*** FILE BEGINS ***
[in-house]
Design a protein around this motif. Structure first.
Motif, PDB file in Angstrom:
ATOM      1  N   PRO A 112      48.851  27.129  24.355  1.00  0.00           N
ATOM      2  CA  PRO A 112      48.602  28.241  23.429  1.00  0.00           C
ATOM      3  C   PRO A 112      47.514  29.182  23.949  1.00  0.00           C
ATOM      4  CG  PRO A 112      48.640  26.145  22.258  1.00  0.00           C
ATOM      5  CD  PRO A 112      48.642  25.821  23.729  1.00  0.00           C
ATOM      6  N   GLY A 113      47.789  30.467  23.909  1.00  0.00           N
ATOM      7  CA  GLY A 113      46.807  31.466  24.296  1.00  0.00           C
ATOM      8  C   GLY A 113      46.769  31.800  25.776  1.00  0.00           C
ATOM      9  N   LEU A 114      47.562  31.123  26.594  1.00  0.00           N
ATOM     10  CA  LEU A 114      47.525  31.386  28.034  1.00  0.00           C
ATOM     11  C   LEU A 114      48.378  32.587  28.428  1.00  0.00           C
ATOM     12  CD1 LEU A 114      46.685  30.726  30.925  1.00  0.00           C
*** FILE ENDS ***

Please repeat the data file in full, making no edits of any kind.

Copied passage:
[in-house]
Design a protein around this motif. Structure first.
Motif, PDB file in Angstrom:
ATOM      1  N   PRO A 112      48.851  27.129  24.355  1.00  0.00           N
ATOM      2  CA  PRO A 112      48.602  28.241  23.429  1.00  0.00           C
ATOM      3  C   PRO A 112      47.514  29.182  23.949  1.00  0.00           C
ATOM      4  CG  PRO A 112      48.640  26.145  22.258  1.00  0.00           C
ATOM      5  CD  PRO A 112      48.642  25.821  23.729  1.00  0.00           C
ATOM      6  N   GLY A 113      47.789  30.467  23.909  1.00  0.00           N
ATOM      7  CA  GLY A 113      46.807  31.466  24.296  1.00  0.00           C
ATOM      8  C   GLY A 113      46.769  31.800  25.776  1.00  0.00           C
ATOM      9  N   LEU A 114      47.562  31.123  26.594  1.00  0.00           N
ATOM     10  CA  LEU A 114      47.525  31.386  28.034  1.00  0.00           C
ATOM     11  C   LEU A 114      48.378  32.587  28.428  1.00  0.00           C
ATOM     12  CD1 LEU A 114      46.685  30.726  30.925  1.00  0.00           C